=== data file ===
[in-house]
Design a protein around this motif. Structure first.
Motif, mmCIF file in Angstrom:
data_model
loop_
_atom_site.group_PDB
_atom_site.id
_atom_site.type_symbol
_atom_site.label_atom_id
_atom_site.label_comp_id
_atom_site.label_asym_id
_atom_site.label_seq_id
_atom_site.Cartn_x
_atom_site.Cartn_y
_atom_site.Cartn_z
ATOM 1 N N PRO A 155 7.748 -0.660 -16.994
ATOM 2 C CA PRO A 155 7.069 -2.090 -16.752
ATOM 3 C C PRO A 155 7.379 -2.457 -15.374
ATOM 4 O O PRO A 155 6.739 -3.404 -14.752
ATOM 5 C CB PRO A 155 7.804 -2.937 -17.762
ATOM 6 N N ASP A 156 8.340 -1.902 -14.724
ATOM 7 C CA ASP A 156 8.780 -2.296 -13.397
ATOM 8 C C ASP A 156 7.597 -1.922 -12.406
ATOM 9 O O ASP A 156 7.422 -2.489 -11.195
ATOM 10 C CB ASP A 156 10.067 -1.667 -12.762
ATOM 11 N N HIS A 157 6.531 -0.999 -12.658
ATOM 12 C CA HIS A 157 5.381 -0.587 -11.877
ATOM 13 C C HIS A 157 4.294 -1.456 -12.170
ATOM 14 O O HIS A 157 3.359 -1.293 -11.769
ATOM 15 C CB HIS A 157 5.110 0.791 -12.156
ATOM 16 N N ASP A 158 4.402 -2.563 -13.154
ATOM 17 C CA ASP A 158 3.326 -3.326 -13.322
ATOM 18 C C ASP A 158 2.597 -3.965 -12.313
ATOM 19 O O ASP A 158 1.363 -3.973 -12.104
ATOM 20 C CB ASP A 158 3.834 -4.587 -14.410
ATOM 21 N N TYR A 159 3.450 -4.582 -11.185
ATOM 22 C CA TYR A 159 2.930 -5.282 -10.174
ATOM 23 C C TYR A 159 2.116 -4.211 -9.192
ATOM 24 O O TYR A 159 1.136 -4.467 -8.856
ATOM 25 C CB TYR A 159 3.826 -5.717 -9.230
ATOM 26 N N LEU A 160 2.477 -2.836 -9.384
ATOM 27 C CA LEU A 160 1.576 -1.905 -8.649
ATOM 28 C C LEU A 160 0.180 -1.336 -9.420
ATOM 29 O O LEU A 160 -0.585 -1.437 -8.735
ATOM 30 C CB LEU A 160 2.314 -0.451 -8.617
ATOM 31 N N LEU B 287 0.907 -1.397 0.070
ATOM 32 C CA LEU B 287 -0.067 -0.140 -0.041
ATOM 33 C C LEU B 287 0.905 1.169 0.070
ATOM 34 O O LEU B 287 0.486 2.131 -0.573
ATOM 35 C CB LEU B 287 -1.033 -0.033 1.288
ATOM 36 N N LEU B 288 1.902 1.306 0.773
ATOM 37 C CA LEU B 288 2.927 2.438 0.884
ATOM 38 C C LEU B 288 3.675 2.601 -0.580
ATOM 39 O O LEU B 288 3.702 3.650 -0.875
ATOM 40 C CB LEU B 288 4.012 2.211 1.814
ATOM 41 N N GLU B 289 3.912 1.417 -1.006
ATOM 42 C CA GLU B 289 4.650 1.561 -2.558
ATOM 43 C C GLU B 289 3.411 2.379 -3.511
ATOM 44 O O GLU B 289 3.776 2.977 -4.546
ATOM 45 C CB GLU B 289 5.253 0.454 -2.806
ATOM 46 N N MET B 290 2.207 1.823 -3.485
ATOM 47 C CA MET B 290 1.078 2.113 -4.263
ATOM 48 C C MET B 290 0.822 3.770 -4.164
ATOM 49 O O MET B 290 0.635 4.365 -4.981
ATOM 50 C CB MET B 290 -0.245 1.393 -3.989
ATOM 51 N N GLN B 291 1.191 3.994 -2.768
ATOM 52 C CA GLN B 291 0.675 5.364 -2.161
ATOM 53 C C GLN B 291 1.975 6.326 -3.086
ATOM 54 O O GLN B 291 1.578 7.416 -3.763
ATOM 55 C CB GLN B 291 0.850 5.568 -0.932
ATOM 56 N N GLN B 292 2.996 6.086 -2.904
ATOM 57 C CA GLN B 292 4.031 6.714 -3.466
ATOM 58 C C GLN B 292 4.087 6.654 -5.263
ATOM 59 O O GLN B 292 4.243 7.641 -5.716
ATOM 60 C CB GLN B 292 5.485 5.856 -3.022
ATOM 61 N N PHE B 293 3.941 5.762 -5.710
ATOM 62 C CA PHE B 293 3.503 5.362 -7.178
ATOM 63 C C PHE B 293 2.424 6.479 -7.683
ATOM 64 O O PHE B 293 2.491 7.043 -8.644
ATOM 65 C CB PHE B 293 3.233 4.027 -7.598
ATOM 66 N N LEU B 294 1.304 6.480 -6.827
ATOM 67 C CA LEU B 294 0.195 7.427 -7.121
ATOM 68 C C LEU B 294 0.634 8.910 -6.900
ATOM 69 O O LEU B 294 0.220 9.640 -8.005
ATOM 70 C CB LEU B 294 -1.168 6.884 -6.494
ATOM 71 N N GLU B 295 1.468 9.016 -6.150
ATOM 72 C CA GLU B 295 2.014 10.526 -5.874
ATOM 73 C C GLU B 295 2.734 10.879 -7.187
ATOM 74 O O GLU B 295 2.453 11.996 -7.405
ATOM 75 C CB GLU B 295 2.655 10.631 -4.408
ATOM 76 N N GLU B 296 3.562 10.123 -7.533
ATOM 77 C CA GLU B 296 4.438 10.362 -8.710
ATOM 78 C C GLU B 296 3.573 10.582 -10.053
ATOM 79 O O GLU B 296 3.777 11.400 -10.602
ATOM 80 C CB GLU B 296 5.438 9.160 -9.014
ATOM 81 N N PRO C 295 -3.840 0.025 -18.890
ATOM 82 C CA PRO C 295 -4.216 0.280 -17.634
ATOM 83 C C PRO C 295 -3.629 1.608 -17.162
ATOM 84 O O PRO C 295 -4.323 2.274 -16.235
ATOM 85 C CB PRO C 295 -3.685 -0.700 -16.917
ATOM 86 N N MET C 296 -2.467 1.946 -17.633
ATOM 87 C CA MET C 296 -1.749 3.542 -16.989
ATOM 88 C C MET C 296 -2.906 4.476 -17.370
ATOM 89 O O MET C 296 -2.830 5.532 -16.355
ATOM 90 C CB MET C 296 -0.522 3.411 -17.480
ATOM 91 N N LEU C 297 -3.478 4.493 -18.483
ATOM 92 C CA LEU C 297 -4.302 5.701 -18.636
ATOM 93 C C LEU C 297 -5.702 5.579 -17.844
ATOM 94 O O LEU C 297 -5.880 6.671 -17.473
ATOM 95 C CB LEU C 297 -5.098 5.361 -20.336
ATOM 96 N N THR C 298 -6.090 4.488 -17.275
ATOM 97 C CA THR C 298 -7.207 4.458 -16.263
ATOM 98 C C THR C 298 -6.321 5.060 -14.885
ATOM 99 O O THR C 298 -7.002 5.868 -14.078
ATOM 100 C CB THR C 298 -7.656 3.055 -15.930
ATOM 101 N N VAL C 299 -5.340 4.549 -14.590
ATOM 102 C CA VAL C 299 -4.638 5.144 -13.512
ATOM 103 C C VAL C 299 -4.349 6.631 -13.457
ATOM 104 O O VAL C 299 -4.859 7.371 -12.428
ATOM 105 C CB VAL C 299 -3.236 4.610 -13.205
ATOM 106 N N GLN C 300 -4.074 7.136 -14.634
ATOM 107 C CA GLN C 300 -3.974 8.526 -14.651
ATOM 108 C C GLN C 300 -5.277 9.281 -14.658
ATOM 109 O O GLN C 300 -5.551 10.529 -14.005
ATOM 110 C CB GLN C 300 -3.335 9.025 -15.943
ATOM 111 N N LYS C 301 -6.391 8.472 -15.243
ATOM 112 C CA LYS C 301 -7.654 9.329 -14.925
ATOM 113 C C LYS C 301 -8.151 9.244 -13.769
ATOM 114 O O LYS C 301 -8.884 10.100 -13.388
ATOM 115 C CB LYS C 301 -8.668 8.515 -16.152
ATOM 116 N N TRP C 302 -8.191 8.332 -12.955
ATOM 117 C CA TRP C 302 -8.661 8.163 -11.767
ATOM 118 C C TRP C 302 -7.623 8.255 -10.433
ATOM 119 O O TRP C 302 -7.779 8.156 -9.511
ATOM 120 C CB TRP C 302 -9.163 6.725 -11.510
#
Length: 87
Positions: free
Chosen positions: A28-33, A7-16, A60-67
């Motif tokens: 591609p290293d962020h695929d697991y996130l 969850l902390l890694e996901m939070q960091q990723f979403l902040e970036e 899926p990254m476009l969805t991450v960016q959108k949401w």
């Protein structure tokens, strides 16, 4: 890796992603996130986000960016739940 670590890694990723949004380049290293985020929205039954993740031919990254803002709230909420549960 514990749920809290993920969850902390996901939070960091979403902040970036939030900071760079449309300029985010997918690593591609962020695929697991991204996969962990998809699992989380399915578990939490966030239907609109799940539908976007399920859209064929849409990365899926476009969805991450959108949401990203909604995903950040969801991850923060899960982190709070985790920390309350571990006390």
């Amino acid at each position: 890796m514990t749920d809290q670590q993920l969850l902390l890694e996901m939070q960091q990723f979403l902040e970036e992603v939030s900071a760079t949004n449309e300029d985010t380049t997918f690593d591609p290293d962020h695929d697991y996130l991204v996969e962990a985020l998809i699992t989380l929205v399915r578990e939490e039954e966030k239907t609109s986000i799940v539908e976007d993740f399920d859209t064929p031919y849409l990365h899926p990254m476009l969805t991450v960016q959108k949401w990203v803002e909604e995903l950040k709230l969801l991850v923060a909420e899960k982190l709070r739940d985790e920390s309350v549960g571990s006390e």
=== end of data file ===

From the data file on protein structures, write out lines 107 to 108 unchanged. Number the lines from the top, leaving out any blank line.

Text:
ATOM 92 C CA LEU C 297 -4.302 5.701 -18.636
ATOM 93 C C LEU C 297 -5.702 5.579 -17.844